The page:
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Becoming Cyrano

Derrick Lee Weeden Takes on de Bergerac in New PCPA Production


Cyrano de Bergerac is one of those larger-than-life roles that require a certain type of actor: charismatic, technically flawless, and capable of conveying the classic play’s deeply romantic vision. For its new production of Edmond Rostand’s classic, PCPA Theaterfest turned to Derrick Lee Weeden. The 20-year veteran of the Oregon Shakespeare Festival, renowned for his portrayal of many of the Bard’s greatest characters, will make his area debut in the role when PCPA brings Cyrano de Bergerac to Solvang Festival Theater this weekend. Below, we chat with Weeden about the casting and the experience.

<b>NOSE JOB:</b>  Derrick Lee Weeden takes on the role of Cyrano de Bergerac in PCPA's new production.
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NOSE JOB: Derrick Lee Weeden takes on the role of Cyrano de Bergerac in PCPA’s new production.

What brings you to PCPA? So many of my colleagues and a couple of my closest friends have either trained or performed here. [Artistic director] Mark Booher, who I worked with in Ashland [home to the Oregon Shakespeare Festival] in the ’90s, has been talking with me for a number of ideas, throwing out hints about coming down here. Then Cyrano came up. He said he thought of me immediately and called to see if I was free. I was very excited by the possibility. I’m finally getting a chance to work with this company!

Roger DeLaurier, who is directing it, was a classmate of mine at the graduate conservatory at Southern Methodist University [SMU]. We were two of the 12 people in the class. We did two plays together while in school, but we’ve never worked together professionally. That also made it really enticing to me.

This is your first time playing Rostand’s idealistic poet-soldier with the gigantic nose. Why? It never occurred to me to play this role. I have no idea why. When close friends heard that I was doing it, they all said, “That’s perfect for you!” Obviously, I’m a classical leading man. I’ve spent long years doing Shakespeare and Molière and Shaw. The character is a man who is in desperate, unrelenting pursuit of fulfilling his own soul. The potential of his soul is extraordinary. He has huge passions. He’s learned. He’s physically capable. And he has all this longing. He lives in a society that has a lot of artifice, a lot of manners, a lot of structures. Within that, he’s trying to fully be what he can be.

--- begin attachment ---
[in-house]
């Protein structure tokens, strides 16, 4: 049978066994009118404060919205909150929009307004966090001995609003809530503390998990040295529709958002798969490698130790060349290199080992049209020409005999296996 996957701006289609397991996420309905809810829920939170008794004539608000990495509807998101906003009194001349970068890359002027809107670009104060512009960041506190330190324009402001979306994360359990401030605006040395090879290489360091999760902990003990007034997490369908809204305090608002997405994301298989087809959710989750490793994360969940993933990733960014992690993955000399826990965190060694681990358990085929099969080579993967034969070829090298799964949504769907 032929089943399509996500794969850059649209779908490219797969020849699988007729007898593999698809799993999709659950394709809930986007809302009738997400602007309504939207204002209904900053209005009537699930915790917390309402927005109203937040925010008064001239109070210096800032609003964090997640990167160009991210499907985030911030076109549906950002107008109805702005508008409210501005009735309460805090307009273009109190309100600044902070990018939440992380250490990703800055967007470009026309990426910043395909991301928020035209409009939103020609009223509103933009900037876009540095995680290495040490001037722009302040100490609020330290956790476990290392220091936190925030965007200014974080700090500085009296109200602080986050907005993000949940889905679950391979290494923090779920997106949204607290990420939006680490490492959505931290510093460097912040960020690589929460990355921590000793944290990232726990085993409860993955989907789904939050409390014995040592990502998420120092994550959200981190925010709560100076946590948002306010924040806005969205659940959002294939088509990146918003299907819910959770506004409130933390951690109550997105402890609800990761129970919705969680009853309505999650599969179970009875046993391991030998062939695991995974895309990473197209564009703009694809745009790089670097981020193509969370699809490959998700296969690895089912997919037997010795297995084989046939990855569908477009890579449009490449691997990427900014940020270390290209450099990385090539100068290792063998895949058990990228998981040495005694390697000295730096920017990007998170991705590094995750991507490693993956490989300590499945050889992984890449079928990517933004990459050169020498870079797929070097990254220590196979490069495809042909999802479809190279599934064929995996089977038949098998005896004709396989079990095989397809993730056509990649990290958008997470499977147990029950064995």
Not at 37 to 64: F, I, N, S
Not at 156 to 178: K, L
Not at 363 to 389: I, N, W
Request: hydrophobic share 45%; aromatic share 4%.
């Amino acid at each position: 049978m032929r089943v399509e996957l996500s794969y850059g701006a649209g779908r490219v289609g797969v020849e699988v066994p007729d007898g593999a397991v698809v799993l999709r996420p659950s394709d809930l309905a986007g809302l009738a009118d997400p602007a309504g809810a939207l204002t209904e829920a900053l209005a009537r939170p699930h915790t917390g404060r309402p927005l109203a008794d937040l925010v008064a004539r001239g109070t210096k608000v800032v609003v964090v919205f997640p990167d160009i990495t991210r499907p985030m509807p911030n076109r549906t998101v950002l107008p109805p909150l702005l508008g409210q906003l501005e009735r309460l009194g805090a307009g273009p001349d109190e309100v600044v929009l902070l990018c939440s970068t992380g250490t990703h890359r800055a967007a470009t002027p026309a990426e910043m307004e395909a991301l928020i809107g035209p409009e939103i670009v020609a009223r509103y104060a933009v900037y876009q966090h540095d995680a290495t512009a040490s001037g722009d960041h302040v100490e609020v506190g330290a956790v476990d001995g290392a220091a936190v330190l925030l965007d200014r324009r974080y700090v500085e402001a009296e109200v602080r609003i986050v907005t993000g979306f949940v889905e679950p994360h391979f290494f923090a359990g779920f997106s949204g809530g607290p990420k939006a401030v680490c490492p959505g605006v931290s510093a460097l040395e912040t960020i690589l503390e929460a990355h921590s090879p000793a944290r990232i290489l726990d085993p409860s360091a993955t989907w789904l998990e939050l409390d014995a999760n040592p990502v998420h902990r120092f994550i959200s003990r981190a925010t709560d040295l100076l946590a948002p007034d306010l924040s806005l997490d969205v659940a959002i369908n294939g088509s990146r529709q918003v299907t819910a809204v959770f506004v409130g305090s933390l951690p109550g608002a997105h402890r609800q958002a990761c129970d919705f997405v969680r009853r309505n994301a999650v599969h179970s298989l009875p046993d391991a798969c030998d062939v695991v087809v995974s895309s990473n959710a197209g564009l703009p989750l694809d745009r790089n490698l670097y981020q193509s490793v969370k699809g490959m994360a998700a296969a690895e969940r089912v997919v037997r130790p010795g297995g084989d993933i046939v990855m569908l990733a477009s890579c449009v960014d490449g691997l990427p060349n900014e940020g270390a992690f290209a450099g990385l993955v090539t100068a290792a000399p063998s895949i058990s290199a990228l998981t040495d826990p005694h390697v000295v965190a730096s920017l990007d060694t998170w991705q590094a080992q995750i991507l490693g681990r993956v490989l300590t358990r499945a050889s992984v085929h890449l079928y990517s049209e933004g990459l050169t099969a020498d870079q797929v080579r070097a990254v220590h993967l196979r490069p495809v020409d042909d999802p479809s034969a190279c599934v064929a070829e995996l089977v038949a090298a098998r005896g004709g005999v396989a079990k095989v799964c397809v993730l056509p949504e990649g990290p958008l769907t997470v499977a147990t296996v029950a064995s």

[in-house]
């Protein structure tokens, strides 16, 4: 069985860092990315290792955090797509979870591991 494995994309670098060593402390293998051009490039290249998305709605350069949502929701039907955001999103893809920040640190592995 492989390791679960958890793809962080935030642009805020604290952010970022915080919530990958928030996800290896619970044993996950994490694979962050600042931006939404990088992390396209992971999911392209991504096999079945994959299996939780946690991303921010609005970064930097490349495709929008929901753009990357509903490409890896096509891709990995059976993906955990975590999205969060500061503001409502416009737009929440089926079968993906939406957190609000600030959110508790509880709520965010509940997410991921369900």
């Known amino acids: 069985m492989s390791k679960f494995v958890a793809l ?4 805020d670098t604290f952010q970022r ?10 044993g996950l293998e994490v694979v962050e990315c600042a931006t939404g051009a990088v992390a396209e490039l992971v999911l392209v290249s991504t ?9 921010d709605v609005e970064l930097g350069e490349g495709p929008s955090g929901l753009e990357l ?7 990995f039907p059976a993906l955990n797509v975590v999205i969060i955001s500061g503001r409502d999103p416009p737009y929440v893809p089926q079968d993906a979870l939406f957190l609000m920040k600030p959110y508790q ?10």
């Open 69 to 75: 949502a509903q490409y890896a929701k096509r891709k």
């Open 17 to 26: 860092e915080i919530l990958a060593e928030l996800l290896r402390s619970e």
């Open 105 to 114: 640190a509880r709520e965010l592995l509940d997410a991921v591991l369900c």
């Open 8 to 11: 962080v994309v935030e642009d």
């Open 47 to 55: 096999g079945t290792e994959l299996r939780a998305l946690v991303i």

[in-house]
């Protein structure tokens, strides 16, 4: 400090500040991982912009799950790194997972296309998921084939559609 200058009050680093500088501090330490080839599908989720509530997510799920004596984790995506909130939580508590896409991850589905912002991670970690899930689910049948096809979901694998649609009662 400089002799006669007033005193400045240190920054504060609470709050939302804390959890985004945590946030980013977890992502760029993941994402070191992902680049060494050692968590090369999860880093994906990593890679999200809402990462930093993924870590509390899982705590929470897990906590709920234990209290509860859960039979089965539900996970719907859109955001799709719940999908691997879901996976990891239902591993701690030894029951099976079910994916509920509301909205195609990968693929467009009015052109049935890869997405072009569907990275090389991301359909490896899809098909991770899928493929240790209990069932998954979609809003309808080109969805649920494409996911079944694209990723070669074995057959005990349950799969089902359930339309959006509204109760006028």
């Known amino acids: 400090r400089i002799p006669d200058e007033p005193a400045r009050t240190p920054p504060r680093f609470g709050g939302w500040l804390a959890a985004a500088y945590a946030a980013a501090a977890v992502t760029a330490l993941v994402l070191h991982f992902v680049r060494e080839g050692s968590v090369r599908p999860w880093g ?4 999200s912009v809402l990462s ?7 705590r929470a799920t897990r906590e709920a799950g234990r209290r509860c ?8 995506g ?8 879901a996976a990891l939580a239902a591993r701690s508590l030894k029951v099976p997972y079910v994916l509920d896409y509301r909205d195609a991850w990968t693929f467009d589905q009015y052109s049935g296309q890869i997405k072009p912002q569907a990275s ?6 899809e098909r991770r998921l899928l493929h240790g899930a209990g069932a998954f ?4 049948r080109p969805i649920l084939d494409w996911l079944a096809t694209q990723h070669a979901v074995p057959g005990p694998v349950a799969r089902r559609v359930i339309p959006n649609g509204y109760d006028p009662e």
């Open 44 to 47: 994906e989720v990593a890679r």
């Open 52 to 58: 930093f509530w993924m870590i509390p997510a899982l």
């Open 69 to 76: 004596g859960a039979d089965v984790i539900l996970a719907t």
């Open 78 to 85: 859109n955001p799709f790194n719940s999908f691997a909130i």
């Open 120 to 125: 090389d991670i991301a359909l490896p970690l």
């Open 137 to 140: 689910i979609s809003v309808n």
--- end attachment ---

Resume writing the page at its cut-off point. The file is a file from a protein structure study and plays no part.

Besides working in Oregon, you are also a regular at the Shakespeare Theatre of Washington, D.C. How did you decide to become a stage actor, as opposed to working in television or film? I was born in Panama. My mother was born in Costa Rica and grew up in Panama. My father is American, from Memphis. He was in the military for 24 years. I’m an Army brat. I grew up the first 17 years of my life on military bases — places like Panama, Taiwan, Germany, New York City. That’s probably why I love living out of a suitcase! If I’m in one place too long, I get jumpy. I love the variety. I discovered theater at the University of Albuquerque. After I got my graduate degree at SMU, I had three offers from various companies, one of which was from the Oregon Shakespeare Festival. I went there, and I soon found I was always working. The next thing I knew, I had been working there a long time, and I was having a hard time justifying stopping to put in the grunt work to break into Los Angeles. Also, this was a time when the business wasn’t as diverse as it is now. I could be in the best classical repertory in the country, doing Pericles and Coriolanus, or I could be working in Los Angeles playing … what? A police sergeant? A gang banger? My dream is doing classical theater.

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PCPA presents Cyrano de Bergerac at Solvang Festival Theater (420 Second St., Solvang) Saturday, August 17-Sunday, September 1. For tickets and info, call (805) 922-8313 or visit pcpa.org.

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